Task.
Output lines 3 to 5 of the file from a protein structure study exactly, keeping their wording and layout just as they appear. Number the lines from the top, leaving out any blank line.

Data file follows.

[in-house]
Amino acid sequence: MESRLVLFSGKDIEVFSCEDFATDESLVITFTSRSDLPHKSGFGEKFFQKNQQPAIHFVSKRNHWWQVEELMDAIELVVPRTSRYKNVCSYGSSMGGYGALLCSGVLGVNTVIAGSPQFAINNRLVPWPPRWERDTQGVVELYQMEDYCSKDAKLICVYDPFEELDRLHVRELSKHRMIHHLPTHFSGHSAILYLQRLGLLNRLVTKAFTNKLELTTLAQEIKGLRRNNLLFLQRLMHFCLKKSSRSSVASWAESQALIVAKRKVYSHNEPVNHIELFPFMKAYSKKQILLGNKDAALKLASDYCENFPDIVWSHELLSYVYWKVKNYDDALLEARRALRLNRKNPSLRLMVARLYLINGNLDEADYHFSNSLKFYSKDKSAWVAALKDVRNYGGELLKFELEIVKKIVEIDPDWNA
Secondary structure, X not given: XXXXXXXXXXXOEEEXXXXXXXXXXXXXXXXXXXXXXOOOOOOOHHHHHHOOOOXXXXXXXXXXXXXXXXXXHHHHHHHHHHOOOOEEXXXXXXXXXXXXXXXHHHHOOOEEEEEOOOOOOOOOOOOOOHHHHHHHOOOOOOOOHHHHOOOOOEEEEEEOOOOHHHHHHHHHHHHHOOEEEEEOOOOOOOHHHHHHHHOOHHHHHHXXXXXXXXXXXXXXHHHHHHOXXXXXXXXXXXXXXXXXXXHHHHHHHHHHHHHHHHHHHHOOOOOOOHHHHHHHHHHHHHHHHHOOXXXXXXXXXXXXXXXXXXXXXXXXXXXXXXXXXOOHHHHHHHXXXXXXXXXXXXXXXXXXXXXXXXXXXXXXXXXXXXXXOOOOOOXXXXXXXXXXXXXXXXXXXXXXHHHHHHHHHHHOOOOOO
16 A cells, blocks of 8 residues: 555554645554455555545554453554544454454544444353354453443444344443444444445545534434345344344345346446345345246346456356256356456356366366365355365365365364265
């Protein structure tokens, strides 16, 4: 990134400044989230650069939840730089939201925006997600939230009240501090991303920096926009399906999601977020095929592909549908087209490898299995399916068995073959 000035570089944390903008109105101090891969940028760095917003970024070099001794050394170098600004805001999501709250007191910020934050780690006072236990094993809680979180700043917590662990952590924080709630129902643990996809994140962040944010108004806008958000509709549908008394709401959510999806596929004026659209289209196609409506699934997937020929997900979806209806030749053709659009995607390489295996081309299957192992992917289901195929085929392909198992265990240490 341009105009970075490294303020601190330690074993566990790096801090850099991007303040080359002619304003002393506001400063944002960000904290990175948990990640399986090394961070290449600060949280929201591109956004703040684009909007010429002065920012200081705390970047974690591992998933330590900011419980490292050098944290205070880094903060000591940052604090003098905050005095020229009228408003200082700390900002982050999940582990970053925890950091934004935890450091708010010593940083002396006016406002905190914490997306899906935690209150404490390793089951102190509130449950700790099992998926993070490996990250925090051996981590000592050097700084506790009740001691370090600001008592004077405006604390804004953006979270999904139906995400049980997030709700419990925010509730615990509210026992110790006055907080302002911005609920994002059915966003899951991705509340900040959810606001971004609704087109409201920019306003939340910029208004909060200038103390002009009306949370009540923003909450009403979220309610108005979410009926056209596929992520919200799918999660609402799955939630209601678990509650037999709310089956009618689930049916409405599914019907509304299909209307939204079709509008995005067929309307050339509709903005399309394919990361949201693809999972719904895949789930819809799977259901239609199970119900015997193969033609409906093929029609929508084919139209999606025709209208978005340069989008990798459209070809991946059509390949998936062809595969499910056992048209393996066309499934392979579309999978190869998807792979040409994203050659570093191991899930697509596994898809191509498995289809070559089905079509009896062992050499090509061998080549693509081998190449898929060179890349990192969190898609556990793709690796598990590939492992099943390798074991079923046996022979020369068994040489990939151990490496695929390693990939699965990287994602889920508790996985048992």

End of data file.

Secondary structure, X not given: XXXXXXXXXXXOEEEXXXXXXXXXXXXXXXXXXXXXXOOOOOOOHHHHHHOOOOXXXXXXXXXXXXXXXXXXHHHHHHHHHHOOOOEEXXXXXXXXXXXXXXXHHHHOOOEEEEEOOOOOOOOOOOOOOHHHHHHHOOOOOOOOHHHHOOOOOEEEEEEOOOOHHHHHHHHHHHHHOOEEEEEOOOOOOOHHHHHHHHOOHHHHHHXXXXXXXXXXXXXXHHHHHHOXXXXXXXXXXXXXXXXXXXHHHHHHHHHHHHHHHHHHHHOOOOOOOHHHHHHHHHHHHHHHHHOOXXXXXXXXXXXXXXXXXXXXXXXXXXXXXXXXXOOHHHHHHHXXXXXXXXXXXXXXXXXXXXXXXXXXXXXXXXXXXXXXOOOOOOXXXXXXXXXXXXXXXXXXXXXXHHHHHHHHHHHOOOOOO
16 A cells, blocks of 8 residues: 555554645554455555545554453554544454454544444353354453443444344443444444445545534434345344344345346446345345246346456356256356456356366366365355365365365364265
């Protein structure tokens, strides 16, 4: 990134400044989230650069939840730089939201925006997600939230009240501090991303920096926009399906999601977020095929592909549908087209490898299995399916068995073959 000035570089944390903008109105101090891969940028760095917003970024070099001794050394170098600004805001999501709250007191910020934050780690006072236990094993809680979180700043917590662990952590924080709630129902643990996809994140962040944010108004806008958000509709549908008394709401959510999806596929004026659209289209196609409506699934997937020929997900979806209806030749053709659009995607390489295996081309299957192992992917289901195929085929392909198992265990240490 341009105009970075490294303020601190330690074993566990790096801090850099991007303040080359002619304003002393506001400063944002960000904290990175948990990640399986090394961070290449600060949280929201591109956004703040684009909007010429002065920012200081705390970047974690591992998933330590900011419980490292050098944290205070880094903060000591940052604090003098905050005095020229009228408003200082700390900002982050999940582990970053925890950091934004935890450091708010010593940083002396006016406002905190914490997306899906935690209150404490390793089951102190509130449950700790099992998926993070490996990250925090051996981590000592050097700084506790009740001691370090600001008592004077405006604390804004953006979270999904139906995400049980997030709700419990925010509730615990509210026992110790006055907080302002911005609920994002059915966003899951991705509340900040959810606001971004609704087109409201920019306003939340910029208004909060200038103390002009009306949370009540923003909450009403979220309610108005979410009926056209596929992520919200799918999660609402799955939630209601678990509650037999709310089956009618689930049916409405599914019907509304299909209307939204079709509008995005067929309307050339509709903005399309394919990361949201693809999972719904895949789930819809799977259901239609199970119900015997193969033609409906093929029609929508084919139209999606025709209208978005340069989008990798459209070809991946059509390949998936062809595969499910056992048209393996066309499934392979579309999978190869998807792979040409994203050659570093191991899930697509596994898809191509498995289809070559089905079509009896062992050499090509061998080549693509081998190449898929060179890349990192969190898609556990793709690796598990590939492992099943390798074991079923046996022979020369068994040489990939151990490496695929390693990939699965990287994602889920508790996985048992």